In today’s academy, degeneracy has decayed into decadence. Most college degrees have been devalued by postmodern multiculturalism. Too many students take trivialized courses, do little or no intellectual work, and receive inflated grades. As Peter Wood observed recently in Too Much For Too Little, academia has “stripped the college degree of much of its value as a guarantor of broad competency.” The wisdom of Western civilization has been discarded along with most other components of a traditional liberal education.

Aristotle argued in his Nicomachean Ethics that a truly happy life is an existence of goodness, free from impediments—that is, reasonably secure from poverty, sickness, and restrictions. Such a life of moral excellence may be attained through observance of the mean: Be neither ascetic nor gluttonous, be temperate; be neither cowardly nor rash, be prudently courageous; be neither subservient nor arrogant, be self-respecting.

Ironically, a member of the Scottish Enlightenment, Adam Ferguson, anticipated our present circumstances. Ferguson worried that affluence from a commercial society would sap vital traditions of civic spirit from civil society. In his Essay on the History of Civil Society (1767), he reminded the world of the ideals of ancient Greece and Rome: “Their ardent attachments to their country… their manly apprehensions of personal independence, which rendered every individual, even under tottering establishments and imperfect laws, the guardian of freedom to his fellow citizens…”

But Ferguson saw emerging in his day that “the individual considers his community only so far as it can be rendered subservient to his personal advancement and profit.” Human beings become weak and soft; they must have their creature comforts, no matter what. In a vivid passage in which the eighteenth century is paraded in all its new-found ostentation, the very consciousness of “being” in modern society vanishes behind “having,” as “the idea of perfection” is transferred “from the character to the equipage.” The moral personality becomes “a mere pageant, adorned at a great expense, by the labours of many workmen.” Ferguson saw civil society as not only the source of civic virtue and the public good, but the wellspring of human morals and actions and, indeed, of the human condition itself.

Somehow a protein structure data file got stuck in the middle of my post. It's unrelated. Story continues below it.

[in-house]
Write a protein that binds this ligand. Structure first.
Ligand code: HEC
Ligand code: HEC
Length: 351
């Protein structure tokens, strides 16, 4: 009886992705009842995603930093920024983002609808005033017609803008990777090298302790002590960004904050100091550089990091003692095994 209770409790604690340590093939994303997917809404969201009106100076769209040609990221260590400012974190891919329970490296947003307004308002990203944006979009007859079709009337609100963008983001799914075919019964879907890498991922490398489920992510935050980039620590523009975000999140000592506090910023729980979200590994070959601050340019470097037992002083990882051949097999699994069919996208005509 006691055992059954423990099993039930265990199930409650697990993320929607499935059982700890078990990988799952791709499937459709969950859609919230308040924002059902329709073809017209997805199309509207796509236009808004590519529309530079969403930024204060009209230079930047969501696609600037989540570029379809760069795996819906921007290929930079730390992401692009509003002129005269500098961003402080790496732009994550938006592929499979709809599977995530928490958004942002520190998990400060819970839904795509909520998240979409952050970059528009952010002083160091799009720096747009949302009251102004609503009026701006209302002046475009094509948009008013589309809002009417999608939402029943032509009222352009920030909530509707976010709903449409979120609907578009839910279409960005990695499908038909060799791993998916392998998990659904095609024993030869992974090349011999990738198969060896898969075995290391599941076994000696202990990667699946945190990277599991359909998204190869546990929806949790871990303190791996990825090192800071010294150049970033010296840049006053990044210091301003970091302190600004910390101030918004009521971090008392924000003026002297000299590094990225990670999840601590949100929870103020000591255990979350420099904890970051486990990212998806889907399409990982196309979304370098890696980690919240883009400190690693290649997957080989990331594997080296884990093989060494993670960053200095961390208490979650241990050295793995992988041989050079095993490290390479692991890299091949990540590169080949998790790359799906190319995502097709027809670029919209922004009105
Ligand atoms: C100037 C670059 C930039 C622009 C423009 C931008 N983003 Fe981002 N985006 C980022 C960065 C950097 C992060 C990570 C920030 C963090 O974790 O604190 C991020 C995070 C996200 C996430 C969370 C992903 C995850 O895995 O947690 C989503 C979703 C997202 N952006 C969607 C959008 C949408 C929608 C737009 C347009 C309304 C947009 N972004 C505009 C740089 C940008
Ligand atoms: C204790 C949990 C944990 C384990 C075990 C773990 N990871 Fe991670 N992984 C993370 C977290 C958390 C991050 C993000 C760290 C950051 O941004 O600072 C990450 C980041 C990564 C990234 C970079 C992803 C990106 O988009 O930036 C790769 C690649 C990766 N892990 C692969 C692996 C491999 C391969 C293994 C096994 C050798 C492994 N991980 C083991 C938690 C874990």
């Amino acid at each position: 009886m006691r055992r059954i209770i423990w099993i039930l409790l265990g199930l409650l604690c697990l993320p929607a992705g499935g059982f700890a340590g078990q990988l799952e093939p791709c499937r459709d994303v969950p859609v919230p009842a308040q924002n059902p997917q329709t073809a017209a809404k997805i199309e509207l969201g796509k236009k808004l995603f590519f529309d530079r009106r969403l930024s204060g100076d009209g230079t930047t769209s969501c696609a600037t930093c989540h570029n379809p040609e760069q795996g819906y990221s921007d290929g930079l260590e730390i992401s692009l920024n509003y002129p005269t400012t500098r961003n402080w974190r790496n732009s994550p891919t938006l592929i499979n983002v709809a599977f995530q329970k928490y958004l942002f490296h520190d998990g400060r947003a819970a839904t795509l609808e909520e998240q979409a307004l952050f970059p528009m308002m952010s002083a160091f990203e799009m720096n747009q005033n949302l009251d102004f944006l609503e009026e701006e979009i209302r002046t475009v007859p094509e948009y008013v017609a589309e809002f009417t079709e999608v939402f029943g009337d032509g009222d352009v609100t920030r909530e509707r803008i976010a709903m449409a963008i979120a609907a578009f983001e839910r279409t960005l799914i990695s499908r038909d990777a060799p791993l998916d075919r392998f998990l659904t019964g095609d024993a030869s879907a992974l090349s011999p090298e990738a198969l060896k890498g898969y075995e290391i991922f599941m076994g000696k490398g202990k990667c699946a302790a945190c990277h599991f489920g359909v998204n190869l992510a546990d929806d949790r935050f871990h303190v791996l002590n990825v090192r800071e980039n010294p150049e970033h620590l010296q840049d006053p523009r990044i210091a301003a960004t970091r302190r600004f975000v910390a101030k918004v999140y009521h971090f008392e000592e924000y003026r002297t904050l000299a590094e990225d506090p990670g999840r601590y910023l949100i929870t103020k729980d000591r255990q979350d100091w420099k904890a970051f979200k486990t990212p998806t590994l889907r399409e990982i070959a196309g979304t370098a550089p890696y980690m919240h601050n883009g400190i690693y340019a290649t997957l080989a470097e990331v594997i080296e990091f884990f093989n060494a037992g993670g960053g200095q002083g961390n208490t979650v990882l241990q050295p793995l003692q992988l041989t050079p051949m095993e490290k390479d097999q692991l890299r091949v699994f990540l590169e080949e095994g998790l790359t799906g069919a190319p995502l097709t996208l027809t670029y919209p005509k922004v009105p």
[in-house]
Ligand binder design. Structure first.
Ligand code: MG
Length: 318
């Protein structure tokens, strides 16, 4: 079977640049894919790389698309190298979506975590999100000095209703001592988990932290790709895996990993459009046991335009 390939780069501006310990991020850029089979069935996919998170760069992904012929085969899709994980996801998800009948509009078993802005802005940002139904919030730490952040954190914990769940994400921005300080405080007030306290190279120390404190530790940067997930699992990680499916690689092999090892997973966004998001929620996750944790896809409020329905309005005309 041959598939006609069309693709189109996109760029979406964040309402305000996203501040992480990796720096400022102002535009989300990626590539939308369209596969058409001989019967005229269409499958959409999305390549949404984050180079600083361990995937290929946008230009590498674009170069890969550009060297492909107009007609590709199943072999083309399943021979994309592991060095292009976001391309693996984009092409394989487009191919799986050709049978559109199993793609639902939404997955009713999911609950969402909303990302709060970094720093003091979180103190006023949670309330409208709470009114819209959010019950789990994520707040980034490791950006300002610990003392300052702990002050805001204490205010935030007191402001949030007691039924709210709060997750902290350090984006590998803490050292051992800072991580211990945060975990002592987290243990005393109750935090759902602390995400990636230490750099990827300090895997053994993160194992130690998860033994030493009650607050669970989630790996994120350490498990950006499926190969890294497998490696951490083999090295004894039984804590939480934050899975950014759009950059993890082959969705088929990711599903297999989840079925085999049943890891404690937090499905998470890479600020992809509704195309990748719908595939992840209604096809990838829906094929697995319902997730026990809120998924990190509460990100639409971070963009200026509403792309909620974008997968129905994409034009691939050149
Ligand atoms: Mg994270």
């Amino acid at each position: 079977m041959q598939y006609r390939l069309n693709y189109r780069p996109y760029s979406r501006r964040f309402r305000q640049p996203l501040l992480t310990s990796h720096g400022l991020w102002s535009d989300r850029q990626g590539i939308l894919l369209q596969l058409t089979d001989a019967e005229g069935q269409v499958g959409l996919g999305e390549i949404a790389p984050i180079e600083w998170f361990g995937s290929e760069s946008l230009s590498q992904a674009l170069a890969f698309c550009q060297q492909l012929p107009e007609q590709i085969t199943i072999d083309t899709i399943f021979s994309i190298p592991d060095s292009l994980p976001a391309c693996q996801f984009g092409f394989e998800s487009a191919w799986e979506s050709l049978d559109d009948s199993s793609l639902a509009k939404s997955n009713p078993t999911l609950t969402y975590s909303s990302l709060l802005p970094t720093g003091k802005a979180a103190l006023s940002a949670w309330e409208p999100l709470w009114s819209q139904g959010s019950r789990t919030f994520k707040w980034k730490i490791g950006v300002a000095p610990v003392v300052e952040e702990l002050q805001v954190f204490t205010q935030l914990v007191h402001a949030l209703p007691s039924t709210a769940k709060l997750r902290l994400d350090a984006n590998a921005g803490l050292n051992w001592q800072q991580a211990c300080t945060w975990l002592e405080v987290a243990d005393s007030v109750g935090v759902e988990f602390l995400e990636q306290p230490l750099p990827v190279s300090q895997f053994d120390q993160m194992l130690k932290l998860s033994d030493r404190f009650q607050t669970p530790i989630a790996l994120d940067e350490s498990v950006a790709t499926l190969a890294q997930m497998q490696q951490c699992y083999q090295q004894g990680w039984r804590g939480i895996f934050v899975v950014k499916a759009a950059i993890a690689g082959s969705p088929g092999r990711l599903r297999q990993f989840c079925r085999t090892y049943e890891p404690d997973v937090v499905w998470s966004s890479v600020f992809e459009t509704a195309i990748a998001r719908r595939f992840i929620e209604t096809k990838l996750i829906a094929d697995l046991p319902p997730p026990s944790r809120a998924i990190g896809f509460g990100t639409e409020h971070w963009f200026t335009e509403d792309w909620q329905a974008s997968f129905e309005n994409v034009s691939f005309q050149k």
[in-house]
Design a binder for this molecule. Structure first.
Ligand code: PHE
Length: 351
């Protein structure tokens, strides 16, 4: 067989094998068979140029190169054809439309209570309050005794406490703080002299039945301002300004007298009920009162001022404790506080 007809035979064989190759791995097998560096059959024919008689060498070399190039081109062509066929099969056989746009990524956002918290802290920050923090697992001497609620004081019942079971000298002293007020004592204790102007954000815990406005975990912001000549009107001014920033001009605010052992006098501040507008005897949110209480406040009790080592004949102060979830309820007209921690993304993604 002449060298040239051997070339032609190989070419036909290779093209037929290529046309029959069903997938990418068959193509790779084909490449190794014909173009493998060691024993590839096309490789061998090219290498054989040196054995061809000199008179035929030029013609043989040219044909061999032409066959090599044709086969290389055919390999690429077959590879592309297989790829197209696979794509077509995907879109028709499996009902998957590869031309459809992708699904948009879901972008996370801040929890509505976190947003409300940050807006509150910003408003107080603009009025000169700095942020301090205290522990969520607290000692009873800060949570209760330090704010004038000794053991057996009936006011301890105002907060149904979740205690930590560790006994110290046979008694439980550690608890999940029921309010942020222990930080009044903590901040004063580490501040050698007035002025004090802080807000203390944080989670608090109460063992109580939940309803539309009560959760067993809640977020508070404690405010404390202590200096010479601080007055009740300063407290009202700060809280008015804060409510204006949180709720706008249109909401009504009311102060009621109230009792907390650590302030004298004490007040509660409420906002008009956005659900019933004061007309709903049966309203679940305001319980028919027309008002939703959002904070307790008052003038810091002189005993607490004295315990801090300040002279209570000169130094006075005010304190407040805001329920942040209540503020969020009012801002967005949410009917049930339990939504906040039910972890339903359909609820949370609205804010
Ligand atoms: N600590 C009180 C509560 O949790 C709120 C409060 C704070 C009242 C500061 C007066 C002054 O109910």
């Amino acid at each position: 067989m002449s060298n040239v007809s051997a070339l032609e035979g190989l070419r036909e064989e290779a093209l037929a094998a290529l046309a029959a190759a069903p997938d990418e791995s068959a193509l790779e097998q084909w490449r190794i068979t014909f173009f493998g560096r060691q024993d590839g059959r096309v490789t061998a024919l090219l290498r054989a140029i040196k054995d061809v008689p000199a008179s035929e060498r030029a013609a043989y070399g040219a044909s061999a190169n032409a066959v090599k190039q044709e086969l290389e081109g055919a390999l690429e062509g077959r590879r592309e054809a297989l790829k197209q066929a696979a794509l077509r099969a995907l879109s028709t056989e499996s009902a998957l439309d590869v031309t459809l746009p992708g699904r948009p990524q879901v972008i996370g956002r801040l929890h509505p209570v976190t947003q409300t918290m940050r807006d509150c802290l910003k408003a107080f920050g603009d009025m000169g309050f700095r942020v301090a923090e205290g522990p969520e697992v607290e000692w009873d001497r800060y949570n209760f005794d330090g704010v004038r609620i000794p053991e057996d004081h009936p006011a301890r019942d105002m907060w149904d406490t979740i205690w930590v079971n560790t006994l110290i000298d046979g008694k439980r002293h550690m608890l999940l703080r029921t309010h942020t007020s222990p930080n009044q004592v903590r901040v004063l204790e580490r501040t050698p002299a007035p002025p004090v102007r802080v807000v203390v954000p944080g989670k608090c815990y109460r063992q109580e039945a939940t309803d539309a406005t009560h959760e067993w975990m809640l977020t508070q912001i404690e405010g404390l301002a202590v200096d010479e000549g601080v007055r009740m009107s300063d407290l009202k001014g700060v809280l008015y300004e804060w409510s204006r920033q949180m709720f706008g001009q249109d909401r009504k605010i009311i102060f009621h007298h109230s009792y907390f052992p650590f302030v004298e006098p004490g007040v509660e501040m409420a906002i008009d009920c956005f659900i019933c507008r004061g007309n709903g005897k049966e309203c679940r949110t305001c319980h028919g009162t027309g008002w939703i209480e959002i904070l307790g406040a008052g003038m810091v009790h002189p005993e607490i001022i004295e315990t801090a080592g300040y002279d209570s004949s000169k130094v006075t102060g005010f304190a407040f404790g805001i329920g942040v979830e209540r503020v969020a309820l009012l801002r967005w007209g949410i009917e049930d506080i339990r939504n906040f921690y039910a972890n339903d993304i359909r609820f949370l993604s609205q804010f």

In Democracy in America (1835), Alexis de Tocqueville offered similar thoughts about our nation.

Materialism is a dangerous malady of the human mind….One must dread it particularly in a democratic people….Democracy favors the taste for material enjoyments. This taste, if it becomes excessive, soon disposes men to believe that all is nothing but matter; and materialism in its turn serves to carry them toward these enjoyments with an insane ardor. Such is the fatal circle into which democratic nations are propelled. It is good for them to see the peril and restrain themselves.

Tocqueville emphasized the importance of religion and family life as a counterweight to acquisitive individualism, to temper the degeneracy of democracy into excessive and mere materialism. This is an especially good time of year to revisit his recognition of Puritanism—what became the Protestant ethic—as “the most appropriate habits, ideas, and mores to make a republic.”

The answer to the voluptuousness and degeneracy that our Founders feared, our rampant consumer materialism and its attendant corruptions, is not the alternative relativism and self-indulgence of cultural Marxism, “self-esteem” psychology and postmodern multiculturalism. Rather, it is the wisdom of Aristotle, Ferguson, Tocqueville, and many other secular and religious thinkers of Western civilization, which our colleges and universities need once again to teach, as NAS has recommended.


This is one of a series of occasional articles applying the lessons of Western civilization to contemporary issues relevant to the academy.

The Honorable William H. Young was appointed by President George H. W. Bush to be Assistant Secretary for Nuclear Energy and served in that position from November 1989 to January 1993. He is the author of Ordering America: Fulfilling the Ideals of Western Civilization (2010) and Centering America: Resurrecting the Local Progressive Ideal (2002).